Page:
16:17 Jul 01, 2020

thank you for reading, pleased you liked it

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Kathleen March
22:46 Jun 30, 2020

I know well the "just say it" to let a loved one go peacefully, because I did it with my mother. I will never get over that. This is very poignant, but is not too heavy on sentiment. I like Bill. I almost wonder if the story could stop after the word "companions"?

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Shirley Medhurst
16:25 Jul 01, 2020

Oh I'm sorry to hear that Kathleen. True, it is a very touching and controversial subject - one that I also feel strongly about. Thank you very much for your suggestion about the ending, I think you could possibly be right as nothing much happens after that (I did want her to ask for his approval though....)

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Kathleen March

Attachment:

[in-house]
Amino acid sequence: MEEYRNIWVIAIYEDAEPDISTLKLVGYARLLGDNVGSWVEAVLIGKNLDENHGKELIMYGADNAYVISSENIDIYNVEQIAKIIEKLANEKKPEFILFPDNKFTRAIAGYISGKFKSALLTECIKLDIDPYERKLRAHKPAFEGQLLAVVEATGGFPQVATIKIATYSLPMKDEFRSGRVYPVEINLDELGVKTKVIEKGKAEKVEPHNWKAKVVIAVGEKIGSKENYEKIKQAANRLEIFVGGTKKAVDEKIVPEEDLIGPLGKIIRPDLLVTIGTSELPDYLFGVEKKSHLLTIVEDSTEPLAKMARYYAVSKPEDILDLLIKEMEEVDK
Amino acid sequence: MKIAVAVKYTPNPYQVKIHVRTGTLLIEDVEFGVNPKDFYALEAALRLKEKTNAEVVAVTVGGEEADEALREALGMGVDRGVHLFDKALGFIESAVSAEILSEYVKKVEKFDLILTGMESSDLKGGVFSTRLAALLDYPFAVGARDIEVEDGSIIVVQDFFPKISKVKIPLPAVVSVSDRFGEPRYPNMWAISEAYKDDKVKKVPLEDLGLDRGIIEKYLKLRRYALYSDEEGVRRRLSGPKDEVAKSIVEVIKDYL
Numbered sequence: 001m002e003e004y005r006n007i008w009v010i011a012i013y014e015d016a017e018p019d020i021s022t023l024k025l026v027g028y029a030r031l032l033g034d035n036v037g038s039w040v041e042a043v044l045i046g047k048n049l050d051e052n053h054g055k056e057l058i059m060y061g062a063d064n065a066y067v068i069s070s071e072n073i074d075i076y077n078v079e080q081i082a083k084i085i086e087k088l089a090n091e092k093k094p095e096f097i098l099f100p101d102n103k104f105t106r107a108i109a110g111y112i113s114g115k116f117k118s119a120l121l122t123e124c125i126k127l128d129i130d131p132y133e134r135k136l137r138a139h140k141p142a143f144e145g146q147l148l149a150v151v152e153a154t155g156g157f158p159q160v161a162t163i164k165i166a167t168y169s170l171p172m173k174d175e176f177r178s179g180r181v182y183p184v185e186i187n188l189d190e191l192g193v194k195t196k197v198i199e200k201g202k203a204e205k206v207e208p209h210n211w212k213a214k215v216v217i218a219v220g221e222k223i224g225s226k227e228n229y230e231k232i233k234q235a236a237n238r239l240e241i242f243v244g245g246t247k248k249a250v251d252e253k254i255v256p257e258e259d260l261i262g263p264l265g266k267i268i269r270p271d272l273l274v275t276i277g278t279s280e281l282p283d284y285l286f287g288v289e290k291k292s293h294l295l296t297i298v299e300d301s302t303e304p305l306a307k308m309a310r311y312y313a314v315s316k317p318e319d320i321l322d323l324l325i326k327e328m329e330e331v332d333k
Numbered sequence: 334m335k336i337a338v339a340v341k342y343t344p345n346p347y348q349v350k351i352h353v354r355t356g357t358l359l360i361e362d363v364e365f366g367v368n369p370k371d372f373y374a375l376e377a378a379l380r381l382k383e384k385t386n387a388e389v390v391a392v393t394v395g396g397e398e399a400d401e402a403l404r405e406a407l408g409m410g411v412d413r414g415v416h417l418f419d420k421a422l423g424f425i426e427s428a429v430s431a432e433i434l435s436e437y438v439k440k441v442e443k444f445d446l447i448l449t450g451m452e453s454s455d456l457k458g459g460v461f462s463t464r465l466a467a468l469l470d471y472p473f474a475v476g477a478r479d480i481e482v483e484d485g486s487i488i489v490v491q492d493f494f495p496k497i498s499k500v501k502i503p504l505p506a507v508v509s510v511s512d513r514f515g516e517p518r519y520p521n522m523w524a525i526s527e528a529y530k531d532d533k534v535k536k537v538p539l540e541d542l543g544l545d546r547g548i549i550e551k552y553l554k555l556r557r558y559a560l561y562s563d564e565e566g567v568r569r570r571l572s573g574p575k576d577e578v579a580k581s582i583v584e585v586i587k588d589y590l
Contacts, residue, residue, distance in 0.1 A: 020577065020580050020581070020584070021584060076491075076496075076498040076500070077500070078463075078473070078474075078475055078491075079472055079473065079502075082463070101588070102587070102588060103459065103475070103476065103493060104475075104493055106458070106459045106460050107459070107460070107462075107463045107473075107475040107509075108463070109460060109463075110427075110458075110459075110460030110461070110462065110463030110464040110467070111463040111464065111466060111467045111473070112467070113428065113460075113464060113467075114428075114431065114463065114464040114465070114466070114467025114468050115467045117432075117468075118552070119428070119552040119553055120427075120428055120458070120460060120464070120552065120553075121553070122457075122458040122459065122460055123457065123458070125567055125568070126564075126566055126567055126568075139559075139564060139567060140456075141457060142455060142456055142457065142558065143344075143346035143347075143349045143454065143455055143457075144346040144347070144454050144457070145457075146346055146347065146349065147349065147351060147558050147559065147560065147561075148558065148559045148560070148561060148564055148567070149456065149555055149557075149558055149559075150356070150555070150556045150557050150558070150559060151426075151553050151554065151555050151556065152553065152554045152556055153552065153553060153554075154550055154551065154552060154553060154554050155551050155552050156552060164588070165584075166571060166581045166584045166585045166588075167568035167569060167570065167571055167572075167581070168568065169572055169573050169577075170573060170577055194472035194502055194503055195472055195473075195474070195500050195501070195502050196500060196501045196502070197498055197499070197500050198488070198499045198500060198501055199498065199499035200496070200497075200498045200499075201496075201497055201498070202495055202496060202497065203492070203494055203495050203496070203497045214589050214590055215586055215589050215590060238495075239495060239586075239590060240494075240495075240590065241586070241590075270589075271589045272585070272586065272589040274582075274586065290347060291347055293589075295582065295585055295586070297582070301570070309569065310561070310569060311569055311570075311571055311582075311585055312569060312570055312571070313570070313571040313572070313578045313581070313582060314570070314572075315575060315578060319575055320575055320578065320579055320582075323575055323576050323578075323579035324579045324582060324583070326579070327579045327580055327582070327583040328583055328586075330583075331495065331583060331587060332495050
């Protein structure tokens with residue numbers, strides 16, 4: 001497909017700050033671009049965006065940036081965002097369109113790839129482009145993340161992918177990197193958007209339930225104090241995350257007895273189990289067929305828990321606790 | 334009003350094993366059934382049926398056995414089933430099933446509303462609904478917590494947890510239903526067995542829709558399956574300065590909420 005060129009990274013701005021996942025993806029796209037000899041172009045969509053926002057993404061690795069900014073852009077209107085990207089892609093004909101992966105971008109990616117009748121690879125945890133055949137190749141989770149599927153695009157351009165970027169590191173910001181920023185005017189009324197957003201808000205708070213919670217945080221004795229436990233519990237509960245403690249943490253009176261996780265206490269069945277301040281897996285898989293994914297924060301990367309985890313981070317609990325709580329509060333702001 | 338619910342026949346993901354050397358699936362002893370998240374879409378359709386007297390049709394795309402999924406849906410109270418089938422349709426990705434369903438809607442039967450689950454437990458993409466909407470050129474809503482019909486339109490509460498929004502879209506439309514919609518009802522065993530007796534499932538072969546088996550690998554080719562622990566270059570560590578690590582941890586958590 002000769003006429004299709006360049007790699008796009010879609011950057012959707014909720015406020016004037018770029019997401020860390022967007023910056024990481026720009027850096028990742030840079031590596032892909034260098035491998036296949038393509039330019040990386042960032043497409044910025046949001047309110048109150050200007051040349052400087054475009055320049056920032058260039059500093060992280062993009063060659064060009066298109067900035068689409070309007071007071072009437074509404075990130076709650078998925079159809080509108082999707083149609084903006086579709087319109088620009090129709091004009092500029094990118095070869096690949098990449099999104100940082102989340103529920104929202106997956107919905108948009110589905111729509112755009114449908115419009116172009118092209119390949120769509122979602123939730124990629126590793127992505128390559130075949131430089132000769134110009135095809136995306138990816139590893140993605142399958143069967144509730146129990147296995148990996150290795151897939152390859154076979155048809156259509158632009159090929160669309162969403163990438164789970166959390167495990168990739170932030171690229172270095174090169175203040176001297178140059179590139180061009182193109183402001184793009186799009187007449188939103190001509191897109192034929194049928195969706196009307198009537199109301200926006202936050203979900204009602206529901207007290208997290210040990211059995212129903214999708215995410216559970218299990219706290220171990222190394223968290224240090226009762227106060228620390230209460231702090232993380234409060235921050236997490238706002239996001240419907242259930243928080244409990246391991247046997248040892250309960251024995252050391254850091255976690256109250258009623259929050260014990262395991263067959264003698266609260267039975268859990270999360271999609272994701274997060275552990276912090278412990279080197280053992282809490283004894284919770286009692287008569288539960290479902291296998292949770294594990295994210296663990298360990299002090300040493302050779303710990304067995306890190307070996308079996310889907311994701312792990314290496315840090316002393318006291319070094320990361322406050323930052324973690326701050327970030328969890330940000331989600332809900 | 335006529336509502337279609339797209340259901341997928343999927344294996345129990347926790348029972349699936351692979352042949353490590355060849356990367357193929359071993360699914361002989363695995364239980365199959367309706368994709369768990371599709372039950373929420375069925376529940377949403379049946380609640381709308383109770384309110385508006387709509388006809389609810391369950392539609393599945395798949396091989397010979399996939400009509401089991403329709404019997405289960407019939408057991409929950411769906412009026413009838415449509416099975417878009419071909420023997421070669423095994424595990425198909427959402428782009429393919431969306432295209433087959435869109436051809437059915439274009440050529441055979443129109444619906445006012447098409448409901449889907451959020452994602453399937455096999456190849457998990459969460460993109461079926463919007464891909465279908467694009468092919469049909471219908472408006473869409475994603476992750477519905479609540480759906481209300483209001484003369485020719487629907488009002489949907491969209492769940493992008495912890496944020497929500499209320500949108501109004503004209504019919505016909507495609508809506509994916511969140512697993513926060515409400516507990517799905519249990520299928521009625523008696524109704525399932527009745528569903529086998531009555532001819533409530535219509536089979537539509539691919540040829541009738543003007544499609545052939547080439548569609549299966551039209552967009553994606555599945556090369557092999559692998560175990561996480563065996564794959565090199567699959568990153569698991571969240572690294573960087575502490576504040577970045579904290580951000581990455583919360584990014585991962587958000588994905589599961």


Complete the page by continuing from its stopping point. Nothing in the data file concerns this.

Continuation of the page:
16:28 Jul 01, 2020

I almost think the approval is understood, by the way she talks to him. It's your story, of course! I like both the wife and Bill. It is a very realistic scenario.

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Shirley Medhurst
16:40 Jul 01, 2020

Thanks again... I've re-read & tend to agree with you

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T.C Morgan
00:08 Jun 30, 2020

Wow.. so deep. Really interesting spin on the prompt, it’s so deeply emotional and perfect for 2nd pov. Fantastic story!!

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Shirley Medhurst
08:19 Jun 30, 2020

Thank you so much, really pleased you liked it